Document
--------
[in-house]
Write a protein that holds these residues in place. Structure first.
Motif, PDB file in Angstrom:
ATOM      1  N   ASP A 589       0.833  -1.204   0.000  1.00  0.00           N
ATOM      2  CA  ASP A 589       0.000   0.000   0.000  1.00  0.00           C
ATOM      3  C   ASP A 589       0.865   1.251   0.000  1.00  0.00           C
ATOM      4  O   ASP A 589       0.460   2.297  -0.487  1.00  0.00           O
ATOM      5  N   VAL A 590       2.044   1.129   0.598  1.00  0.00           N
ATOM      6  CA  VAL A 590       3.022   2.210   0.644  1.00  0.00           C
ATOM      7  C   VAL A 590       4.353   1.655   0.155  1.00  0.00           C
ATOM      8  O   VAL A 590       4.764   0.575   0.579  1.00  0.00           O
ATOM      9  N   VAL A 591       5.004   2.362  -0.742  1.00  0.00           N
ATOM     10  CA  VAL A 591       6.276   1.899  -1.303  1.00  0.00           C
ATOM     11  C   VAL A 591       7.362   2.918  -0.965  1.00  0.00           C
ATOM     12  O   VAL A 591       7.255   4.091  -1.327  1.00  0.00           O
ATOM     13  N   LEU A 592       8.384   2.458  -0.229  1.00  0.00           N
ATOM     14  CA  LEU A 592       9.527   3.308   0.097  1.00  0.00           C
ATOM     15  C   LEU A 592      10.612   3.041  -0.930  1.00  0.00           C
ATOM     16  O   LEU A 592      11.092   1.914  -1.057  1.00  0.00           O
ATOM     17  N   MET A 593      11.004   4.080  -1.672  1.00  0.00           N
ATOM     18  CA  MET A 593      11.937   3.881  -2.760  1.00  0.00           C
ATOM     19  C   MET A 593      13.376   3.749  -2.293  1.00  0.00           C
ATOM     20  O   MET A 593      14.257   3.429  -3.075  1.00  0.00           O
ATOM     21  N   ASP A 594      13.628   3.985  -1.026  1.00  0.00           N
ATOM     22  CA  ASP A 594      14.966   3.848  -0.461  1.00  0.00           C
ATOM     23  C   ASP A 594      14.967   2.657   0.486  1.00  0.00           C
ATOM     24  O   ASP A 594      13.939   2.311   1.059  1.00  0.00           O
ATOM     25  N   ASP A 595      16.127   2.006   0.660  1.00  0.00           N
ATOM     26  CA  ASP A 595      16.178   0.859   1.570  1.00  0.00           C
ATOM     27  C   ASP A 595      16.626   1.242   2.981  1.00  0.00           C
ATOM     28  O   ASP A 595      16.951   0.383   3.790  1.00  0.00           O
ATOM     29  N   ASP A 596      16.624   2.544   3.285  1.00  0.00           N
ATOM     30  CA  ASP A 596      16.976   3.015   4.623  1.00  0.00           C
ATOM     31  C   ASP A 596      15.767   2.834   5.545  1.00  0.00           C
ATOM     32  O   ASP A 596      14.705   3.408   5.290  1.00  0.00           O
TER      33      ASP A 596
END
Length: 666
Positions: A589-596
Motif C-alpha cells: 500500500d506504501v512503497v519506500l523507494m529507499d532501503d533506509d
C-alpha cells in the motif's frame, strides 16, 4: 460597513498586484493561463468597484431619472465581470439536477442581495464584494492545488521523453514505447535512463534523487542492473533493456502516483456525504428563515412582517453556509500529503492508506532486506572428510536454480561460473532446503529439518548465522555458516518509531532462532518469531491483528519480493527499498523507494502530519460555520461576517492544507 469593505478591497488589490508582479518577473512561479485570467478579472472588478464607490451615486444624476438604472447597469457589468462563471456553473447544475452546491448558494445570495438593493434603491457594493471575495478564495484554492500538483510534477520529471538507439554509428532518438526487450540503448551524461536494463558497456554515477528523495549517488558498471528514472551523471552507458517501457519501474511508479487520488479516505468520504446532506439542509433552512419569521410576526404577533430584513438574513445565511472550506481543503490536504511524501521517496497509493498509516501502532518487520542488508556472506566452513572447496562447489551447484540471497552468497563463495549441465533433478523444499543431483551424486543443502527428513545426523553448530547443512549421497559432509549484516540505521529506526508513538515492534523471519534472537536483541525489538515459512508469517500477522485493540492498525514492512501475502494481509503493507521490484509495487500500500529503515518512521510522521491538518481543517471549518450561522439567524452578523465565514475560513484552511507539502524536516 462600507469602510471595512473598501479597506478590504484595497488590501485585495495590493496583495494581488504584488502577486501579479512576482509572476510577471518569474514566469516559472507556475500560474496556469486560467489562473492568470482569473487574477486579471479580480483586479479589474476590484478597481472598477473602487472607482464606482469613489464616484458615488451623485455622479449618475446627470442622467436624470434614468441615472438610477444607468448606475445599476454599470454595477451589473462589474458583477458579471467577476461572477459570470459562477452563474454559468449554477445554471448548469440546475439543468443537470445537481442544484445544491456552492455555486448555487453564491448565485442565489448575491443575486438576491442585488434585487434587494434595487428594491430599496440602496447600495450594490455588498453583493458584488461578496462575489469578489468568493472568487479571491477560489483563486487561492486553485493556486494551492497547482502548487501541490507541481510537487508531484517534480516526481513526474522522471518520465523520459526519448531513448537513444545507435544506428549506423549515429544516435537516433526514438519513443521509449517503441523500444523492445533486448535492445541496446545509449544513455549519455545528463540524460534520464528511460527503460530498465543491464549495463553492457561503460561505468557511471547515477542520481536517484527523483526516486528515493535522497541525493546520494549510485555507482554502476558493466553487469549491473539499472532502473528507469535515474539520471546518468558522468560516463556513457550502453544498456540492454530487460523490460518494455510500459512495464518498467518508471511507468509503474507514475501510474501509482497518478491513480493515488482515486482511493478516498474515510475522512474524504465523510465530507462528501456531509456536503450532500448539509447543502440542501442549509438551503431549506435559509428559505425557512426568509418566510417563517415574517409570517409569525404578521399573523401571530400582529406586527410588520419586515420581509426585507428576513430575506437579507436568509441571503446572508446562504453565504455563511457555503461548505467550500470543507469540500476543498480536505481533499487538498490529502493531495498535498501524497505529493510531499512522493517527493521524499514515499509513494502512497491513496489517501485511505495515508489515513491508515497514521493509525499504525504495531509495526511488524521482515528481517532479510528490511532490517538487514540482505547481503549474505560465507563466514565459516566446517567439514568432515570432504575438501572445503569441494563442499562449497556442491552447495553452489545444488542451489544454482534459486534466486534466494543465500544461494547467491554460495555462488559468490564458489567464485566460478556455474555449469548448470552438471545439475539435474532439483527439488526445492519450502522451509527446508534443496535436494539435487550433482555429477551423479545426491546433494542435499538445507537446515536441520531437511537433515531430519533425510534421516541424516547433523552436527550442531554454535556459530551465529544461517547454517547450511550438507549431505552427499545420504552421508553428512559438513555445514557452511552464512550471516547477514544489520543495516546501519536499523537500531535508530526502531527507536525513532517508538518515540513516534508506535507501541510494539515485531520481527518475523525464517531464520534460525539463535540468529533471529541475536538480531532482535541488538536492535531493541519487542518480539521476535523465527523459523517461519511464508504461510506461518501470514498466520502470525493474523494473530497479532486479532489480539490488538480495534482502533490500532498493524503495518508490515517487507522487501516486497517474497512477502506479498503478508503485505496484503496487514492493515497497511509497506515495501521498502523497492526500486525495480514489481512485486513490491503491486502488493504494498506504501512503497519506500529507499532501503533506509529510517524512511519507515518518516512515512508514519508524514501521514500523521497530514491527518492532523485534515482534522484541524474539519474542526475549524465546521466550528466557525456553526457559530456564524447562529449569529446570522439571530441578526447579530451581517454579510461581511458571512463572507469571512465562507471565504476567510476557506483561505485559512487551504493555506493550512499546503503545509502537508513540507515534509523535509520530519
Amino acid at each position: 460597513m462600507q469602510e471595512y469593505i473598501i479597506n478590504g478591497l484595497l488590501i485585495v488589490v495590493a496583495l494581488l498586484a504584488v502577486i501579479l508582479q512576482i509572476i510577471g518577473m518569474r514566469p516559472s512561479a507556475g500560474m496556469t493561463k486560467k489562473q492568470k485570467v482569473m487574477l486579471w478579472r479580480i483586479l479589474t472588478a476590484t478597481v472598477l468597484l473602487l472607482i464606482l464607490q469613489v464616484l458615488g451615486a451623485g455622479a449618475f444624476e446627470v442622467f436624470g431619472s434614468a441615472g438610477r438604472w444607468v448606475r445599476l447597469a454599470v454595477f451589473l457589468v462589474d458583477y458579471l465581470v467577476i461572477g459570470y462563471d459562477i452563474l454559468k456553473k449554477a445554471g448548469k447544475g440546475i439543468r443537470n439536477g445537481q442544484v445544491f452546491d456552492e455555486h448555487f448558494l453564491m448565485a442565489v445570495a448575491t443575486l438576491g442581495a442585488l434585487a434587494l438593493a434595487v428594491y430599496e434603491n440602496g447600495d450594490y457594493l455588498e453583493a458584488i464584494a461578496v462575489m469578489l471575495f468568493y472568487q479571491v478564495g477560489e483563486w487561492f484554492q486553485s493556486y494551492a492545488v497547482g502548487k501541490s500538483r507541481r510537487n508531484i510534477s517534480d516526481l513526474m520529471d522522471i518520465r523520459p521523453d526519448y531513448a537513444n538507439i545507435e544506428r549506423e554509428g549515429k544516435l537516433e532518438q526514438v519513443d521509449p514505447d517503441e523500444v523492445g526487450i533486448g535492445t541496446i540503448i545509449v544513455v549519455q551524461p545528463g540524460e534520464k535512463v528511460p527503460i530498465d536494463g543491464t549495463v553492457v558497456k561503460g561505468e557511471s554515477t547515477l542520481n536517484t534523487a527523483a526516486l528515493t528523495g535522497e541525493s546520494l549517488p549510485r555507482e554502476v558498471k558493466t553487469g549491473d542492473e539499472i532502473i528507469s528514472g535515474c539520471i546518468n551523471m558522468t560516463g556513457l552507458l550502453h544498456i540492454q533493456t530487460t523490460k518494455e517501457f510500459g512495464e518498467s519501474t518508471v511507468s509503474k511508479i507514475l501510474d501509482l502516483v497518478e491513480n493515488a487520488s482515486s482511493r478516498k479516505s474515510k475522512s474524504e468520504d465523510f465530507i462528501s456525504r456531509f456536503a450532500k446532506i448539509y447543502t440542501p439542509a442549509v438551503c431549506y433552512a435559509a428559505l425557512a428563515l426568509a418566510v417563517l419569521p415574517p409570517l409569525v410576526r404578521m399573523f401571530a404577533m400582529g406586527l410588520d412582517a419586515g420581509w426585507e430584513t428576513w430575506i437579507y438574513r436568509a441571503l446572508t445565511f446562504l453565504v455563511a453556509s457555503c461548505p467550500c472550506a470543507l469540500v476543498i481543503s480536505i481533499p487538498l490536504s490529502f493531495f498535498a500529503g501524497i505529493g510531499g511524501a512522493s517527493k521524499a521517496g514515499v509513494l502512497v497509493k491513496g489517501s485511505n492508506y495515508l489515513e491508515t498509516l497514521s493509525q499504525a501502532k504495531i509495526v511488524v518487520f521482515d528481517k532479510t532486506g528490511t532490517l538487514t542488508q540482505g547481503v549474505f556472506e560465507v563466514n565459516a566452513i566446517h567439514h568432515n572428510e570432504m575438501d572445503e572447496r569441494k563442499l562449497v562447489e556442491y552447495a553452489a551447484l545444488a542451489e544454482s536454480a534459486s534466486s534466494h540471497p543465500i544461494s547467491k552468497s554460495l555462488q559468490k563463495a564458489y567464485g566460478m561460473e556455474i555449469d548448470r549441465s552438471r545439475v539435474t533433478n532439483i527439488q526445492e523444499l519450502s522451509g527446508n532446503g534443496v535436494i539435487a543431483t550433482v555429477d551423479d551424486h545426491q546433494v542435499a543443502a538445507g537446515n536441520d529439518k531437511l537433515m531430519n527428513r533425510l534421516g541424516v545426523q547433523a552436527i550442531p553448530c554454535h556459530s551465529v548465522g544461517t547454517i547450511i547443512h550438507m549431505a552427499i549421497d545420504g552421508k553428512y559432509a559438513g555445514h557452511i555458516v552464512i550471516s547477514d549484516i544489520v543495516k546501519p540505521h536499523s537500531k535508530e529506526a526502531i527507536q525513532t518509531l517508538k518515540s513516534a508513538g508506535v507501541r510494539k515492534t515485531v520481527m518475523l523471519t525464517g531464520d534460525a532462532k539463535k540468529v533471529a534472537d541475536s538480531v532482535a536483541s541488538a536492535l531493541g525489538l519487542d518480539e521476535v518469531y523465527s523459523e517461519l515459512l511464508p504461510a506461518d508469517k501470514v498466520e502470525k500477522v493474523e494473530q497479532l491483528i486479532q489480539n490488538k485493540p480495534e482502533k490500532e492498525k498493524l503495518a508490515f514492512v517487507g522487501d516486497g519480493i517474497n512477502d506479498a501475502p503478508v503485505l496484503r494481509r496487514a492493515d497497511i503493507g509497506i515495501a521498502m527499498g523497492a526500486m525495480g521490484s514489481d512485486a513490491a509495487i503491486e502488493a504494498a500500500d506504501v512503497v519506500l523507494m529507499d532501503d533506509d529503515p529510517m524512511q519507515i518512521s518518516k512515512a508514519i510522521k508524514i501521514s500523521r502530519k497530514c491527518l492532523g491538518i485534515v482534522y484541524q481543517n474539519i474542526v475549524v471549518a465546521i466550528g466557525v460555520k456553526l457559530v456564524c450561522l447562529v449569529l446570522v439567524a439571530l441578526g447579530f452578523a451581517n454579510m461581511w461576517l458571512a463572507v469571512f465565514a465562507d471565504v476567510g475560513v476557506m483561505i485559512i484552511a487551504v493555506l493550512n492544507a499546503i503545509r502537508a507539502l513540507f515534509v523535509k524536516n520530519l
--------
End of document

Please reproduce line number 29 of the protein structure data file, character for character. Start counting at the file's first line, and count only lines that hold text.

ATOM     26  CA  ASP A 595      16.178   0.859   1.570  1.00  0.00           C